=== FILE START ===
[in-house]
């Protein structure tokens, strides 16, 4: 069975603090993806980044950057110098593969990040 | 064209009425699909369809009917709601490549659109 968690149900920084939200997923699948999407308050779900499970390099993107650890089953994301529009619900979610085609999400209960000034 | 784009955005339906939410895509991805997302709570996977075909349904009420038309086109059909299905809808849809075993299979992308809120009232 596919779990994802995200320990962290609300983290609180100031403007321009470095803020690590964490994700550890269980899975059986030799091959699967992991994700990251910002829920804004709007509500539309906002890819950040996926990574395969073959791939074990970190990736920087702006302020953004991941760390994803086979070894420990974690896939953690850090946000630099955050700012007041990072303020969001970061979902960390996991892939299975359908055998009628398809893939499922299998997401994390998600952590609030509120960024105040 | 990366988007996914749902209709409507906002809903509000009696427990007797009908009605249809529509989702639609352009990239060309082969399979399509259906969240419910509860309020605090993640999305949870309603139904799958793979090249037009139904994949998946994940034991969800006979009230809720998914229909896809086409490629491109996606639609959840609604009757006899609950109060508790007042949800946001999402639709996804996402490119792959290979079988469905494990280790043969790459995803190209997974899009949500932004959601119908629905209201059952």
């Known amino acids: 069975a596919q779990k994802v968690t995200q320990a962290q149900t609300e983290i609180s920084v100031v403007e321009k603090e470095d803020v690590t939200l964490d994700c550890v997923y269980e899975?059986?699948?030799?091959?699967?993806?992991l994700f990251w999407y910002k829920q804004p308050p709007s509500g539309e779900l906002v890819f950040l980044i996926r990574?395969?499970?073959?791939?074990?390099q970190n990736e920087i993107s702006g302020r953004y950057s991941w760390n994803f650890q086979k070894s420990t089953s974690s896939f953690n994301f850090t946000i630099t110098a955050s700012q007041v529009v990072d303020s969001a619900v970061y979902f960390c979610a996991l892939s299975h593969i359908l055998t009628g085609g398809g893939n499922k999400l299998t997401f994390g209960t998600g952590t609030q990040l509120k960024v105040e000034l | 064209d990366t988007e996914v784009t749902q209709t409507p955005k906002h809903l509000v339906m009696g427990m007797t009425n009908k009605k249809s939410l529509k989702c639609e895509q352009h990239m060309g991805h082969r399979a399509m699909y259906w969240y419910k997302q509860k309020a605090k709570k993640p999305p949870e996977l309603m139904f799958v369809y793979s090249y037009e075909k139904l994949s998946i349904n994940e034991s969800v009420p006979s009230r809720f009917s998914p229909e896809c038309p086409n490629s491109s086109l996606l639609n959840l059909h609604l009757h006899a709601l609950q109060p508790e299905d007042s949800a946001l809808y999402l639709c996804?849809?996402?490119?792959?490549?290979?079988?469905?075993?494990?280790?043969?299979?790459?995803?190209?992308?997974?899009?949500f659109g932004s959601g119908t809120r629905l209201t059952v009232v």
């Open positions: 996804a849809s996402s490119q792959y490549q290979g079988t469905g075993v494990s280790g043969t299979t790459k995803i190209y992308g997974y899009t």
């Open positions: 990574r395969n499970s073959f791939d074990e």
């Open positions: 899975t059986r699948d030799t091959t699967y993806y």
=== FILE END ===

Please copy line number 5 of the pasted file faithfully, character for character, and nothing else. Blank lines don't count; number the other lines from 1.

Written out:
């Open positions: 990574r395969n499970s073959f791939d074990e």